Heavy machinery and high-tech computer-controlled gizmos sorts the remaining refuse, and ultimately groups like items together. Once sorted, the recyclables are crushed into compact cubes that are set aside in neatly stacked rows.

Glass is the only exception. First crushed into tiny chips, it is then loaded into containers to await shipment to local companies that use it as filler in parking lots or to reshape landfills.

"Some people are under the impression that a portion of their recyclables are truly not reused and just disposed of, but everything that comes into IPR is recycled," said Christine DeRosa. "Some of the plastics -- the ones labeled 3 to 7 -- are harder to find a market for, but it is manageable."

From the plant, the cubes, weighing as much as 1,100 pounds, go their separate ways. Like the glass, some stay close to home. Others are shipped to places as far away and disparate as North Carolina, Canada, and China.

All of the plastic processed by the facility is shipped to North Carolina, where it is given new life, Christine DeRosa said. Highly prized HDPE plastic often ends up being reused as milk jugs, but other varieties are used for flexible pipe or lawn chairs. The foreign market for the resin in soda bottles is growing, as more and more of it is exported to China and other Asian markets.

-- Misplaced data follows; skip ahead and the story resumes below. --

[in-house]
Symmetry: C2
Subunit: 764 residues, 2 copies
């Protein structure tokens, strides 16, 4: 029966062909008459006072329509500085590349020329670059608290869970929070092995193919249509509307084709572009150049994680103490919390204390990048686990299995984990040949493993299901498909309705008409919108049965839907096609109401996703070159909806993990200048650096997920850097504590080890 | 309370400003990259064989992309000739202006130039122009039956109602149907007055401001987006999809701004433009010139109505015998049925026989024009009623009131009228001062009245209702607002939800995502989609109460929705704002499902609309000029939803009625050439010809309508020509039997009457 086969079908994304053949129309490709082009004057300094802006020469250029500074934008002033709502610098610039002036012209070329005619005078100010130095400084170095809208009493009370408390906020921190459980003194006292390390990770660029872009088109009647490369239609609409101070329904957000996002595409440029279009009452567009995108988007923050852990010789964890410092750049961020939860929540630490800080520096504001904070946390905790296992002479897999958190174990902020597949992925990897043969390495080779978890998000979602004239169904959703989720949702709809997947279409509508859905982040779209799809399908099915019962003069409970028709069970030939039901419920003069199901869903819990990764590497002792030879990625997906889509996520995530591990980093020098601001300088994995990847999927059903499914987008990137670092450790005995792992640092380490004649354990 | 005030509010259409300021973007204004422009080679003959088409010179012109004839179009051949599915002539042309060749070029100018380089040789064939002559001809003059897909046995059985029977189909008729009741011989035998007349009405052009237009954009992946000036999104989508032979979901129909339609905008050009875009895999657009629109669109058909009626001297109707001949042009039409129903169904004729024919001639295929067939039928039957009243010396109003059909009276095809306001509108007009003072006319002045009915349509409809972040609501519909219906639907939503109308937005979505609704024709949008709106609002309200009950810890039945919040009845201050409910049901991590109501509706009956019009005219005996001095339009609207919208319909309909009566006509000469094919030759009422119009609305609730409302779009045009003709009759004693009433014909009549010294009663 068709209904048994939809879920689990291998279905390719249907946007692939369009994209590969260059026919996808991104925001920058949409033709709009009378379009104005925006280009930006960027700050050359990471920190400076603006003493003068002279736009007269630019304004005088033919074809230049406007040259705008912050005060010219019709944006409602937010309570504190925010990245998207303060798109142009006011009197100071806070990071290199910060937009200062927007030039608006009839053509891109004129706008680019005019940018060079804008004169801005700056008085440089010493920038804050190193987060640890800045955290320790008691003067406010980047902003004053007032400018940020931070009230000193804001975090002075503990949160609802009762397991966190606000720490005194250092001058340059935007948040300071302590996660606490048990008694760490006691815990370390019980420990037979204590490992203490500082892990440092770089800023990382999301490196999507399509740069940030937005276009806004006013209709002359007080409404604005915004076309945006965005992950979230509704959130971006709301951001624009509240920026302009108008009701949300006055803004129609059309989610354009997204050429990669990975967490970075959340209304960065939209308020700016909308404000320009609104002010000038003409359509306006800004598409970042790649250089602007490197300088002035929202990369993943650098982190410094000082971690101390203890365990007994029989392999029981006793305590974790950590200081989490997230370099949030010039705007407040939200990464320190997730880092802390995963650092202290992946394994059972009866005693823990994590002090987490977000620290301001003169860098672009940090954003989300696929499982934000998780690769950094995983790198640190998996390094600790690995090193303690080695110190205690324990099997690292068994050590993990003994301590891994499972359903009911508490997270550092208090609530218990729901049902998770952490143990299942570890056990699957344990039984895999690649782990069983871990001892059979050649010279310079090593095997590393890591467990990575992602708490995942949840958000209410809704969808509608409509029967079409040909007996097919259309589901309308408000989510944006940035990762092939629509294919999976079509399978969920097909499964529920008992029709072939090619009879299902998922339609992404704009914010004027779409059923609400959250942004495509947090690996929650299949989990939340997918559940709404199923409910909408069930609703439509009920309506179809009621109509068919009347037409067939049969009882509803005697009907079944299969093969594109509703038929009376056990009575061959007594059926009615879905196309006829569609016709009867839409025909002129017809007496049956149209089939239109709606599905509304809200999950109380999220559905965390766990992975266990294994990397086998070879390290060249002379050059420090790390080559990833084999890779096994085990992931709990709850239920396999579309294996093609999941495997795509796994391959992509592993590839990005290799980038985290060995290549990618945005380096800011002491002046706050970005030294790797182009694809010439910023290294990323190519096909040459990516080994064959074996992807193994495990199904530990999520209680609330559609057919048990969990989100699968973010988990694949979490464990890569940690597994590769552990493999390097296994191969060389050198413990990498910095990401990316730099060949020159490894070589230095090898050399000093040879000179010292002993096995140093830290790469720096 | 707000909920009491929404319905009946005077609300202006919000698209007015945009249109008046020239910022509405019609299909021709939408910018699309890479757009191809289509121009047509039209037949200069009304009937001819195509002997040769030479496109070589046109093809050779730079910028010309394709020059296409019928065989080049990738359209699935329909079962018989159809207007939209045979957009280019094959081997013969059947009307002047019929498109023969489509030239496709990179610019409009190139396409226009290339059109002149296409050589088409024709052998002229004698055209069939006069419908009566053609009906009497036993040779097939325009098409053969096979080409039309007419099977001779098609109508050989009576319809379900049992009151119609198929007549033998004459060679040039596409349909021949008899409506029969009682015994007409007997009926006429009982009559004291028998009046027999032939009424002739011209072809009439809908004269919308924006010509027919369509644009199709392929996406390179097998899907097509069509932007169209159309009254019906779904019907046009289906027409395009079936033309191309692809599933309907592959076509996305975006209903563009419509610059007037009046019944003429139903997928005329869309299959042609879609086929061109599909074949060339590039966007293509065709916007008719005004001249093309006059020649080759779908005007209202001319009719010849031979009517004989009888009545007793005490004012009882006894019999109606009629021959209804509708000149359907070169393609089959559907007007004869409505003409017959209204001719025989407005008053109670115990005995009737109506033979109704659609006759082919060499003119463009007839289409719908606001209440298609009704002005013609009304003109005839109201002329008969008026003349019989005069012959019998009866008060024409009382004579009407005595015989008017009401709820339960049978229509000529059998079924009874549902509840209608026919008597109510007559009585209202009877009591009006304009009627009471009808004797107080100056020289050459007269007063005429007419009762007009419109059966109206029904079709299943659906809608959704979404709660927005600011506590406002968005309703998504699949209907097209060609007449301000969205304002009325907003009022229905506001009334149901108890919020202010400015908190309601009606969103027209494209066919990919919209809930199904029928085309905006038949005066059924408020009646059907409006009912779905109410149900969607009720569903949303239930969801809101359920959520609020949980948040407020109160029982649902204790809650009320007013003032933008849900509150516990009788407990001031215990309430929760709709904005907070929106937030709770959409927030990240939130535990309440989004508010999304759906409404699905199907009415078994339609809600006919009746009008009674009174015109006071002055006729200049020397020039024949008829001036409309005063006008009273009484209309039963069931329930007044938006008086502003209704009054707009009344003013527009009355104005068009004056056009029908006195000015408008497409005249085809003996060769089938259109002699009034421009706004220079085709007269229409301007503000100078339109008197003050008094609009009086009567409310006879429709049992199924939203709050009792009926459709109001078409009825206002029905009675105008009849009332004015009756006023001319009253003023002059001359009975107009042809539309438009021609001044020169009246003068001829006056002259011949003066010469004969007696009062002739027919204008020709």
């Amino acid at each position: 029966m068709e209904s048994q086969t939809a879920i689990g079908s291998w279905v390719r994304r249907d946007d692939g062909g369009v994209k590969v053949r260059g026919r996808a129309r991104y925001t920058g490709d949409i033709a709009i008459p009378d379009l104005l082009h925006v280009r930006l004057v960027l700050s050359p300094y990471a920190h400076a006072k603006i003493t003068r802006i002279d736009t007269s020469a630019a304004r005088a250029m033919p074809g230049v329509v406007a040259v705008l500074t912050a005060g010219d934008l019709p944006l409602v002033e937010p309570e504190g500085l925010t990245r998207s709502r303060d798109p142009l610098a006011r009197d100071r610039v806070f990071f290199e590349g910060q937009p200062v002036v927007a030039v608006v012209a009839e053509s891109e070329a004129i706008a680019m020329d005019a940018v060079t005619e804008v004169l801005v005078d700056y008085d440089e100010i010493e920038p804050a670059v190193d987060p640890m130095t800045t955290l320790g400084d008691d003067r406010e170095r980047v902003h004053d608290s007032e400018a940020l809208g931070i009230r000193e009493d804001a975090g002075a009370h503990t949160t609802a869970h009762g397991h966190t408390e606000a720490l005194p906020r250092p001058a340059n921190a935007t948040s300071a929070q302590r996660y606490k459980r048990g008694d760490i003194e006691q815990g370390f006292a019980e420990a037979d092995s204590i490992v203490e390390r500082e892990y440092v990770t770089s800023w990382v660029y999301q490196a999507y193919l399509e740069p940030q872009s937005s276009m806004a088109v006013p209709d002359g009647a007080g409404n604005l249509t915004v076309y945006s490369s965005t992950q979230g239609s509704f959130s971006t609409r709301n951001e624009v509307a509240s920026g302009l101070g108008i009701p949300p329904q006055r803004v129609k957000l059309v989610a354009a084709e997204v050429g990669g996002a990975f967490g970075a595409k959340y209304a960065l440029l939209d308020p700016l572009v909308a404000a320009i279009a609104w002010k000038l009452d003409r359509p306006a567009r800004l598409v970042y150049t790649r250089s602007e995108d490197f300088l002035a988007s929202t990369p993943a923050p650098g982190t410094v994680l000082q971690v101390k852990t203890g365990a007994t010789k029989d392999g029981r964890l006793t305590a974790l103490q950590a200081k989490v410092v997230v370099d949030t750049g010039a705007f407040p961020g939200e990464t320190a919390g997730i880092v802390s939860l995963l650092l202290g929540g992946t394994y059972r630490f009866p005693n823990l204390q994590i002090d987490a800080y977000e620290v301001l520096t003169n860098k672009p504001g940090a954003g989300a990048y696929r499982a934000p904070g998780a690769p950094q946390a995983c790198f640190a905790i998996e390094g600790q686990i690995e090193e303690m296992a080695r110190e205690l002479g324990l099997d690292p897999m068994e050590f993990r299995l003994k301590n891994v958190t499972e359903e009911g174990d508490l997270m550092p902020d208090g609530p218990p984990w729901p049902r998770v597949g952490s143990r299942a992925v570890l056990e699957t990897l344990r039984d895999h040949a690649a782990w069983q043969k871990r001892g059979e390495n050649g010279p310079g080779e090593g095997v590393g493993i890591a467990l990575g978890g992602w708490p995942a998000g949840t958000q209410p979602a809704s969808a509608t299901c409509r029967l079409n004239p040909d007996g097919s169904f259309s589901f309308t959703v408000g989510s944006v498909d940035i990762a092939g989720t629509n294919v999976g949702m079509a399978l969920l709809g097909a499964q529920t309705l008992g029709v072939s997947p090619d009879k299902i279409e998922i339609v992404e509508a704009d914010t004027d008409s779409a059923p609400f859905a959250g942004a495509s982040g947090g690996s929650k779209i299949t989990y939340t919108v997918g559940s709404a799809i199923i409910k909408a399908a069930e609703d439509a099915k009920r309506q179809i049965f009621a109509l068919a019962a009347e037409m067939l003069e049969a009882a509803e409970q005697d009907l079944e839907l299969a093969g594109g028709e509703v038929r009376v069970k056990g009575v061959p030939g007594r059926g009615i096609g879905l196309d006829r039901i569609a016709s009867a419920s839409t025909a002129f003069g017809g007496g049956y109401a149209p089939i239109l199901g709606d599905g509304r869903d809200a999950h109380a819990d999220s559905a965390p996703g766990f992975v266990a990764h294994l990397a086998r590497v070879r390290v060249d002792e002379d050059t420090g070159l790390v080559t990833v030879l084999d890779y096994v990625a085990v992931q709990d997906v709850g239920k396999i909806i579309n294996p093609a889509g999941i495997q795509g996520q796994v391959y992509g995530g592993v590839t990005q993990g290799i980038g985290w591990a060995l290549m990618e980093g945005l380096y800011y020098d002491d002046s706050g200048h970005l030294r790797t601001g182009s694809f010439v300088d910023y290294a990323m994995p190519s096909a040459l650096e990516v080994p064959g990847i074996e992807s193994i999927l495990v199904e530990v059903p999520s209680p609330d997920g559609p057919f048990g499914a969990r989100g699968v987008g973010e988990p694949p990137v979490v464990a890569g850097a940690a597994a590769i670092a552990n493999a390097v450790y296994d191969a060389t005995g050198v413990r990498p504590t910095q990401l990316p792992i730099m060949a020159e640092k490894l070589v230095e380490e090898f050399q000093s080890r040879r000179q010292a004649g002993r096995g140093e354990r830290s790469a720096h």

The paper goes to one of the Newark Group's local paper mills, which are in Haverhill and Fitchburg. Some of the cardboard is made into a gray fibrous material that will end up in shirts or cereal boxes, or used to make board games like Monopoly or the jackets of hardcover books, including the Harry Potter series.

Most of the steel cans go to Canada, where they are recycled into a range of products, from cans to automobile parts, Rafter said. More than 1,000 facilities across the country make and process steel, with most in the Great Lakes region or the South.

Despite the large volume of waste that is recycled, officials say, more can be done.

"When you throw away recyclables, you are throwing away money," said Brooke Nash, a state Department of Environmental Protection branch chief.

She stressed that the process provides benefits for taxpayers -- since the more trash that is recycled, the less their community has to pay in disposal fees -- as well as the environment.

If the paper products still tossed into the trash were recycled instead, Nash said, cities and towns could save $52 million a year in trash fees, and might even come out ahead by a few dollars.

Brenda J. Buote may be reached at bbuote@globe.com

NorthTalk
Do you take the time each week or month to recycle your glass, plastic, and paper trash? Or do you think it's not worth the effort? Share your recycling philosophy with us at boston.com/northtalk, or write to us at globenorth@ globe.com, or Globe North, 1 Corporate Place, Danvers, MA 01923